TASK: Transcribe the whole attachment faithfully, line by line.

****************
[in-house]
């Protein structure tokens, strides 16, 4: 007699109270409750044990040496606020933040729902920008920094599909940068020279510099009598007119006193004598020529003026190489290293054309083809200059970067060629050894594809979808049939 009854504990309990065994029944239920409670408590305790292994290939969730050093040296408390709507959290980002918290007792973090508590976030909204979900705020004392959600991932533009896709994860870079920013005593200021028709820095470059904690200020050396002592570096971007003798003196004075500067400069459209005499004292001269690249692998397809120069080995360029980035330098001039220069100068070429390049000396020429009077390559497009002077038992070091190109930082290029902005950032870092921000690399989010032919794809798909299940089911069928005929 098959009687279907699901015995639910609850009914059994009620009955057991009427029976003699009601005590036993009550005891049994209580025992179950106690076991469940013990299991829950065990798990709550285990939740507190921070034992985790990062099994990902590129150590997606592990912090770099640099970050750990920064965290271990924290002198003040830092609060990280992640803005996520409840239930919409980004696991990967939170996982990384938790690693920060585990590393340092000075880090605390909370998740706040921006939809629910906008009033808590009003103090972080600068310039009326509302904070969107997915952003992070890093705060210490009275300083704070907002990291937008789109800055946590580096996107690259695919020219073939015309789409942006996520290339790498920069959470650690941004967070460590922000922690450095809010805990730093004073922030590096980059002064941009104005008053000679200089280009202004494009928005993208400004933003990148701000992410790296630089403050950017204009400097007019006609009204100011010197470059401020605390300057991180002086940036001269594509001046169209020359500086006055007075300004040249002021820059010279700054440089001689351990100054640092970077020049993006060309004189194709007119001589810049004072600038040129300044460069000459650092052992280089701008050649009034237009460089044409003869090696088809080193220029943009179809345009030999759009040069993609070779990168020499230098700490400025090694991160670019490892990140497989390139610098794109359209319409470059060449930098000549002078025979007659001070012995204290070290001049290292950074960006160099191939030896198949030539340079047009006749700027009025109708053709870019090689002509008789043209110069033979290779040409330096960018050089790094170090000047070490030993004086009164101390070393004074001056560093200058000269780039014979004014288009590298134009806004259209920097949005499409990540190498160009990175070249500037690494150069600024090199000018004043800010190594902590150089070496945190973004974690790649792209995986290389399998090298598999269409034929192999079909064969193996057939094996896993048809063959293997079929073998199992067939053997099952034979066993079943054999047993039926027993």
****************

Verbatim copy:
[in-house]
């Protein structure tokens, strides 16, 4: 007699109270409750044990040496606020933040729902920008920094599909940068020279510099009598007119006193004598020529003026190489290293054309083809200059970067060629050894594809979808049939 009854504990309990065994029944239920409670408590305790292994290939969730050093040296408390709507959290980002918290007792973090508590976030909204979900705020004392959600991932533009896709994860870079920013005593200021028709820095470059904690200020050396002592570096971007003798003196004075500067400069459209005499004292001269690249692998397809120069080995360029980035330098001039220069100068070429390049000396020429009077390559497009002077038992070091190109930082290029902005950032870092921000690399989010032919794809798909299940089911069928005929 098959009687279907699901015995639910609850009914059994009620009955057991009427029976003699009601005590036993009550005891049994209580025992179950106690076991469940013990299991829950065990798990709550285990939740507190921070034992985790990062099994990902590129150590997606592990912090770099640099970050750990920064965290271990924290002198003040830092609060990280992640803005996520409840239930919409980004696991990967939170996982990384938790690693920060585990590393340092000075880090605390909370998740706040921006939809629910906008009033808590009003103090972080600068310039009326509302904070969107997915952003992070890093705060210490009275300083704070907002990291937008789109800055946590580096996107690259695919020219073939015309789409942006996520290339790498920069959470650690941004967070460590922000922690450095809010805990730093004073922030590096980059002064941009104005008053000679200089280009202004494009928005993208400004933003990148701000992410790296630089403050950017204009400097007019006609009204100011010197470059401020605390300057991180002086940036001269594509001046169209020359500086006055007075300004040249002021820059010279700054440089001689351990100054640092970077020049993006060309004189194709007119001589810049004072600038040129300044460069000459650092052992280089701008050649009034237009460089044409003869090696088809080193220029943009179809345009030999759009040069993609070779990168020499230098700490400025090694991160670019490892990140497989390139610098794109359209319409470059060449930098000549002078025979007659001070012995204290070290001049290292950074960006160099191939030896198949030539340079047009006749700027009025109708053709870019090689002509008789043209110069033979290779040409330096960018050089790094170090000047070490030993004086009164101390070393004074001056560093200058000269780039014979004014288009590298134009806004259209920097949005499409990540190498160009990175070249500037690494150069600024090199000018004043800010190594902590150089070496945190973004974690790649792209995986290389399998090298598999269409034929192999079909064969193996057939094996896993048809063959293997079929073998199992067939053997099952034979066993079943054999047993039926027993």